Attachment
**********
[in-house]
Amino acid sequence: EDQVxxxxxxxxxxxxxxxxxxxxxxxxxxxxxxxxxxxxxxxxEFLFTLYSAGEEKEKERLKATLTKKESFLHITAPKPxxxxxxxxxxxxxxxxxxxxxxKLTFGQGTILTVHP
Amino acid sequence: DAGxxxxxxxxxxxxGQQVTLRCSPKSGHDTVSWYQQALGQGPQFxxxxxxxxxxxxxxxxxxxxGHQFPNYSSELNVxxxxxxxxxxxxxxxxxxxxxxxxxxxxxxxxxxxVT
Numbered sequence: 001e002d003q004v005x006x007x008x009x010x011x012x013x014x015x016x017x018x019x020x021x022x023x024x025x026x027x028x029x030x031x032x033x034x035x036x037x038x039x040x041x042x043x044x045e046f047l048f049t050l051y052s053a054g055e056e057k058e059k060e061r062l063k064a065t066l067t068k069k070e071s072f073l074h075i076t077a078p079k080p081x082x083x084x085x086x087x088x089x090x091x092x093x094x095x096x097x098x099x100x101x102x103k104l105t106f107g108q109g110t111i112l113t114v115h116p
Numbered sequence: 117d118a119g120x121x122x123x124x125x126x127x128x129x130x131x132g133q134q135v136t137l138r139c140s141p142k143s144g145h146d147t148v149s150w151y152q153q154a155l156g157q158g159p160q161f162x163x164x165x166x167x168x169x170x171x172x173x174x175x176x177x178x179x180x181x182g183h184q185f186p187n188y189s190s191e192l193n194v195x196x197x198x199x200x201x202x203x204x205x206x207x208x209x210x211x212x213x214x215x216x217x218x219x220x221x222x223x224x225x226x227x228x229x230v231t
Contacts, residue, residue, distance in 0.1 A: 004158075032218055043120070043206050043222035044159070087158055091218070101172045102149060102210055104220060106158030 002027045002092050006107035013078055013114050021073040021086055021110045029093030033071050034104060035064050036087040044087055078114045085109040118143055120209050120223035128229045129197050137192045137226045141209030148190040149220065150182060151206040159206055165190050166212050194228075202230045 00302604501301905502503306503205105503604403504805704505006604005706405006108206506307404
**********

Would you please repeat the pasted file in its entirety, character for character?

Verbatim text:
[in-house]
Amino acid sequence: EDQVxxxxxxxxxxxxxxxxxxxxxxxxxxxxxxxxxxxxxxxxEFLFTLYSAGEEKEKERLKATLTKKESFLHITAPKPxxxxxxxxxxxxxxxxxxxxxxKLTFGQGTILTVHP
Amino acid sequence: DAGxxxxxxxxxxxxGQQVTLRCSPKSGHDTVSWYQQALGQGPQFxxxxxxxxxxxxxxxxxxxxGHQFPNYSSELNVxxxxxxxxxxxxxxxxxxxxxxxxxxxxxxxxxxxVT
Numbered sequence: 001e002d003q004v005x006x007x008x009x010x011x012x013x014x015x016x017x018x019x020x021x022x023x024x025x026x027x028x029x030x031x032x033x034x035x036x037x038x039x040x041x042x043x044x045e046f047l048f049t050l051y052s053a054g055e056e057k058e059k060e061r062l063k064a065t066l067t068k069k070e071s072f073l074h075i076t077a078p079k080p081x082x083x084x085x086x087x088x089x090x091x092x093x094x095x096x097x098x099x100x101x102x103k104l105t106f107g108q109g110t111i112l113t114v115h116p
Numbered sequence: 117d118a119g120x121x122x123x124x125x126x127x128x129x130x131x132g133q134q135v136t137l138r139c140s141p142k143s144g145h146d147t148v149s150w151y152q153q154a155l156g157q158g159p160q161f162x163x164x165x166x167x168x169x170x171x172x173x174x175x176x177x178x179x180x181x182g183h184q185f186p187n188y189s190s191e192l193n194v195x196x197x198x199x200x201x202x203x204x205x206x207x208x209x210x211x212x213x214x215x216x217x218x219x220x221x222x223x224x225x226x227x228x229x230v231t
Contacts, residue, residue, distance in 0.1 A: 004158075032218055043120070043206050043222035044159070087158055091218070101172045102149060102210055104220060106158030 002027045002092050006107035013078055013114050021073040021086055021110045029093030033071050034104060035064050036087040044087055078114045085109040118143055120209050120223035128229045129197050137192045137226045141209030148190040149220065150182060151206040159206055165190050166212050194228075202230045 00302604501301905502503306503205105503604403504805704505006604005706405006108206506307404